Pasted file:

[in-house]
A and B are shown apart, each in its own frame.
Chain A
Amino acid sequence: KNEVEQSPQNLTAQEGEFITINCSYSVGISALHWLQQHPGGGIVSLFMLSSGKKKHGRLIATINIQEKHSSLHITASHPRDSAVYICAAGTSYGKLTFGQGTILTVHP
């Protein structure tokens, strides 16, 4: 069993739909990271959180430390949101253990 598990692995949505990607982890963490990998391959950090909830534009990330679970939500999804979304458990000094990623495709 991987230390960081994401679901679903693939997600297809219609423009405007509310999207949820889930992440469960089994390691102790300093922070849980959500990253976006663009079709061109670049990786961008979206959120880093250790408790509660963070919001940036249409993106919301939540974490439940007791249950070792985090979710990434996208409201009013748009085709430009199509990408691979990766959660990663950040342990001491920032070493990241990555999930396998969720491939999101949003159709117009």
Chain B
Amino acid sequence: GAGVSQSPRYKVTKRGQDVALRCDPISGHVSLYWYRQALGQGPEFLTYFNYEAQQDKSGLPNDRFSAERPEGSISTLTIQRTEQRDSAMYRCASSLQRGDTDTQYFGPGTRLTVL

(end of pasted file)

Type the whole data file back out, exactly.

[in-house]
A and B are shown apart, each in its own frame.
Chain A
Amino acid sequence: KNEVEQSPQNLTAQEGEFITINCSYSVGISALHWLQQHPGGGIVSLFMLSSGKKKHGRLIATINIQEKHSSLHITASHPRDSAVYICAAGTSYGKLTFGQGTILTVHP
């Protein structure tokens, strides 16, 4: 069993739909990271959180430390949101253990 598990692995949505990607982890963490990998391959950090909830534009990330679970939500999804979304458990000094990623495709 991987230390960081994401679901679903693939997600297809219609423009405007509310999207949820889930992440469960089994390691102790300093922070849980959500990253976006663009079709061109670049990786961008979206959120880093250790408790509660963070919001940036249409993106919301939540974490439940007791249950070792985090979710990434996208409201009013748009085709430009199509990408691979990766959660990663950040342990001491920032070493990241990555999930396998969720491939999101949003159709117009």
Chain B
Amino acid sequence: GAGVSQSPRYKVTKRGQDVALRCDPISGHVSLYWYRQALGQGPEFLTYFNYEAQQDKSGLPNDRFSAERPEGSISTLTIQRTEQRDSAMYRCASSLQRGDTDTQYFGPGTRLTVL